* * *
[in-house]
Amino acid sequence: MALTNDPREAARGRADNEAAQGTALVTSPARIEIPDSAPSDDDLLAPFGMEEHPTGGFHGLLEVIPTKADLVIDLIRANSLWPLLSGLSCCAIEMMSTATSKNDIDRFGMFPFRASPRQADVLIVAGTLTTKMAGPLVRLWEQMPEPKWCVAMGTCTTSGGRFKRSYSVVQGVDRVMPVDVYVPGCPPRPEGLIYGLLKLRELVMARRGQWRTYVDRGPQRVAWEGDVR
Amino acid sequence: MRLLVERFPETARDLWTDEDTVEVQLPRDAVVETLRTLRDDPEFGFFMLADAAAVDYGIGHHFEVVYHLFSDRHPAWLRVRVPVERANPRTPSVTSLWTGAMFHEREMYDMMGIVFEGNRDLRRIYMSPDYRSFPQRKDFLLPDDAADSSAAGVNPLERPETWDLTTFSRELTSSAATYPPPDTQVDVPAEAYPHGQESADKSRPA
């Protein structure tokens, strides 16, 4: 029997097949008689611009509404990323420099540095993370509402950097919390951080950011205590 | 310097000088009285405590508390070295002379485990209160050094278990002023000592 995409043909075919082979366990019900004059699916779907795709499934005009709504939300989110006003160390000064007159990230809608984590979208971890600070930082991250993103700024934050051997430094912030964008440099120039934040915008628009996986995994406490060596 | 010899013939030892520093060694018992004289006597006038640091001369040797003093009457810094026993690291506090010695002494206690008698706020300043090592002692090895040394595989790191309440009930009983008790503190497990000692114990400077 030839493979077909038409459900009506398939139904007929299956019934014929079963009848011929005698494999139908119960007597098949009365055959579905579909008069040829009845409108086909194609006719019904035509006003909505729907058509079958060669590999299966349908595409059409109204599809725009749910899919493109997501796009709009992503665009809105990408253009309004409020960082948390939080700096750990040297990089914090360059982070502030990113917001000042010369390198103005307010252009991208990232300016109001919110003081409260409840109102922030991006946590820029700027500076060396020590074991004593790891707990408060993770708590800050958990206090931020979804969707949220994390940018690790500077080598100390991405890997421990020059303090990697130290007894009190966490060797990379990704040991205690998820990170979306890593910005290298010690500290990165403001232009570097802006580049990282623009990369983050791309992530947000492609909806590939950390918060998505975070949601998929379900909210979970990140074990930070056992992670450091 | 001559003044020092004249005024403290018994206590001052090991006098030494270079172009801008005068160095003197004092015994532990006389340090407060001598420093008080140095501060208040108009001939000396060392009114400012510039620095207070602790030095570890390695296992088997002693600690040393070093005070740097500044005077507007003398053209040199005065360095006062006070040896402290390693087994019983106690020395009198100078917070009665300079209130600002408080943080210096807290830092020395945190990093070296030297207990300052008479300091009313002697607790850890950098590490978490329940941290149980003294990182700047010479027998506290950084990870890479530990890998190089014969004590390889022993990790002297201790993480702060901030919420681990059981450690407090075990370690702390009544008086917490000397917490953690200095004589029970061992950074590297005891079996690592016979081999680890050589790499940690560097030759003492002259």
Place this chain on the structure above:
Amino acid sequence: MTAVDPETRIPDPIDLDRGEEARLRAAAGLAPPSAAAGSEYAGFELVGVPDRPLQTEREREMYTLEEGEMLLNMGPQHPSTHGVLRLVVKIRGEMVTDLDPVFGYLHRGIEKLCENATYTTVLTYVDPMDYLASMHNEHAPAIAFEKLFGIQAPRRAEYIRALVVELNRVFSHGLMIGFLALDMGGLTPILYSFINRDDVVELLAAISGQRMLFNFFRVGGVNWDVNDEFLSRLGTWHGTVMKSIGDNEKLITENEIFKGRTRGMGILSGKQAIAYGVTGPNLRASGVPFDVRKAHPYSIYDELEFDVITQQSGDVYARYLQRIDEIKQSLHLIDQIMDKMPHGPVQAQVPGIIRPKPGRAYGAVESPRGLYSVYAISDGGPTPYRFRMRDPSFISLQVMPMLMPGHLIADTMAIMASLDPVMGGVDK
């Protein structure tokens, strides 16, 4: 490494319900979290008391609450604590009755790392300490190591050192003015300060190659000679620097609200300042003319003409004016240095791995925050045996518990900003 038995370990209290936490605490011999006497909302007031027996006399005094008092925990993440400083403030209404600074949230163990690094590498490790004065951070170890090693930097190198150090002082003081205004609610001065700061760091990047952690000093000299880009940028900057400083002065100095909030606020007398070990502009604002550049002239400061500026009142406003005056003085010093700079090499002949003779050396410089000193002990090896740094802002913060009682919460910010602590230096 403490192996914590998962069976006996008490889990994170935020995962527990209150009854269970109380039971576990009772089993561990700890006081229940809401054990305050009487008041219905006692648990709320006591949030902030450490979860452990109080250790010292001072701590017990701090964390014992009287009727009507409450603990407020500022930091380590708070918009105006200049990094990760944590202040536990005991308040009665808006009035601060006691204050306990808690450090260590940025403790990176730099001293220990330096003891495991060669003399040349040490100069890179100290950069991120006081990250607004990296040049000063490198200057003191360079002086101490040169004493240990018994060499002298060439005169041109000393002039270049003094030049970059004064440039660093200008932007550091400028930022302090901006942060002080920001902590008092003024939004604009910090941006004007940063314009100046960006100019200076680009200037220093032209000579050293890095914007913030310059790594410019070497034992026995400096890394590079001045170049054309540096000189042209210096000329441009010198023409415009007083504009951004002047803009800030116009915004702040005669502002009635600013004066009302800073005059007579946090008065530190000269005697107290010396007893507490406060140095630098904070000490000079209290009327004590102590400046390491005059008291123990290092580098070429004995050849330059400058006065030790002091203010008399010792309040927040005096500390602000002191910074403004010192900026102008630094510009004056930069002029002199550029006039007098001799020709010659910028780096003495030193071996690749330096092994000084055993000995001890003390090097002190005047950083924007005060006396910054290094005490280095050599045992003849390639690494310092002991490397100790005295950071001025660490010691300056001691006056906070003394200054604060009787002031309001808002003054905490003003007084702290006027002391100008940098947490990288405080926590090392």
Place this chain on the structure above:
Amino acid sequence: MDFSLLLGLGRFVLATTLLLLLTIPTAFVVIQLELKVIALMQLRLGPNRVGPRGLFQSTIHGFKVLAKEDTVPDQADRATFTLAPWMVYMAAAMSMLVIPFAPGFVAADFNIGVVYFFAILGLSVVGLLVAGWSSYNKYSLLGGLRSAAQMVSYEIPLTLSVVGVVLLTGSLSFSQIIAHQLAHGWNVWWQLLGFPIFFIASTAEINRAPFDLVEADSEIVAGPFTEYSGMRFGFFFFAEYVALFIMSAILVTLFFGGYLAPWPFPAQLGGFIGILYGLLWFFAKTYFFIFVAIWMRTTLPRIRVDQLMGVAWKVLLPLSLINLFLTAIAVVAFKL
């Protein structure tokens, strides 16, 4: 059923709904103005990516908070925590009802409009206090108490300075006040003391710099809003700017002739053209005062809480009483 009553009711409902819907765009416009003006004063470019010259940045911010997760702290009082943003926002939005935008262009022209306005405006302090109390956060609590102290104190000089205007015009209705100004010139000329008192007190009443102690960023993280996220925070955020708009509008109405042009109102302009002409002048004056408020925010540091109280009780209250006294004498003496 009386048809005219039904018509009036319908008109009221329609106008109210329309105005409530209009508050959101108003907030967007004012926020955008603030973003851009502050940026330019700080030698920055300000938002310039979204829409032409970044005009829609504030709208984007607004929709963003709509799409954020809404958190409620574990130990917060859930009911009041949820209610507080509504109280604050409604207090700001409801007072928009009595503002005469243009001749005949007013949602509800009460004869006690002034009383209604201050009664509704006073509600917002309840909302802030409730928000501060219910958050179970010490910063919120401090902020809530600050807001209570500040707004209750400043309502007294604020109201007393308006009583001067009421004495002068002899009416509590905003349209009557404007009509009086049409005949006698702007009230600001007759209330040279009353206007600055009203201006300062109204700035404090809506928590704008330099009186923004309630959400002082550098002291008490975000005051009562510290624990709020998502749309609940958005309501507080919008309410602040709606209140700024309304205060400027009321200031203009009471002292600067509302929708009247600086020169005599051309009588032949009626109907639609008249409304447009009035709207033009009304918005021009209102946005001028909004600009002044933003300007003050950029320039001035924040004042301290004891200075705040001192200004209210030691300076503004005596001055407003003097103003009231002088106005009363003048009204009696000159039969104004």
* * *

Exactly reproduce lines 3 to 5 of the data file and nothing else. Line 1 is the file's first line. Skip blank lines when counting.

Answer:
Amino acid sequence: MRLLVERFPETARDLWTDEDTVEVQLPRDAVVETLRTLRDDPEFGFFMLADAAAVDYGIGHHFEVVYHLFSDRHPAWLRVRVPVERANPRTPSVTSLWTGAMFHEREMYDMMGIVFEGNRDLRRIYMSPDYRSFPQRKDFLLPDDAADSSAAGVNPLERPETWDLTTFSRELTSSAATYPPPDTQVDVPAEAYPHGQESADKSRPA
């Protein structure tokens, strides 16, 4: 029997097949008689611009509404990323420099540095993370509402950097919390951080950011205590 | 310097000088009285405590508390070295002379485990209160050094278990002023000592 995409043909075919082979366990019900004059699916779907795709499934005009709504939300989110006003160390000064007159990230809608984590979208971890600070930082991250993103700024934050051997430094912030964008440099120039934040915008628009996986995994406490060596 | 010899013939030892520093060694018992004289006597006038640091001369040797003093009457810094026993690291506090010695002494206690008698706020300043090592002692090895040394595989790191309440009930009983008790503190497990000692114990400077 030839493979077909038409459900009506398939139904007929299956019934014929079963009848011929005698494999139908119960007597098949009365055959579905579909008069040829009845409108086909194609006719019904035509006003909505729907058509079958060669590999299966349908595409059409109204599809725009749910899919493109997501796009709009992503665009809105990408253009309004409020960082948390939080700096750990040297990089914090360059982070502030990113917001000042010369390198103005307010252009991208990232300016109001919110003081409260409840109102922030991006946590820029700027500076060396020590074991004593790891707990408060993770708590800050958990206090931020979804969707949220994390940018690790500077080598100390991405890997421990020059303090990697130290007894009190966490060797990379990704040991205690998820990170979306890593910005290298010690500290990165403001232009570097802006580049990282623009990369983050791309992530947000492609909806590939950390918060998505975070949601998929379900909210979970990140074990930070056992992670450091 | 001559003044020092004249005024403290018994206590001052090991006098030494270079172009801008005068160095003197004092015994532990006389340090407060001598420093008080140095501060208040108009001939000396060392009114400012510039620095207070602790030095570890390695296992088997002693600690040393070093005070740097500044005077507007003398053209040199005065360095006062006070040896402290390693087994019983106690020395009198100078917070009665300079209130600002408080943080210096807290830092020395945190990093070296030297207990300052008479300091009313002697607790850890950098590490978490329940941290149980003294990182700047010479027998506290950084990870890479530990890998190089014969004590390889022993990790002297201790993480702060901030919420681990059981450690407090075990370690702390009544008086917490000397917490953690200095004589029970061992950074590297005891079996690592016979081999680890050589790499940690560097030759003492002259």
Place this chain on the structure above: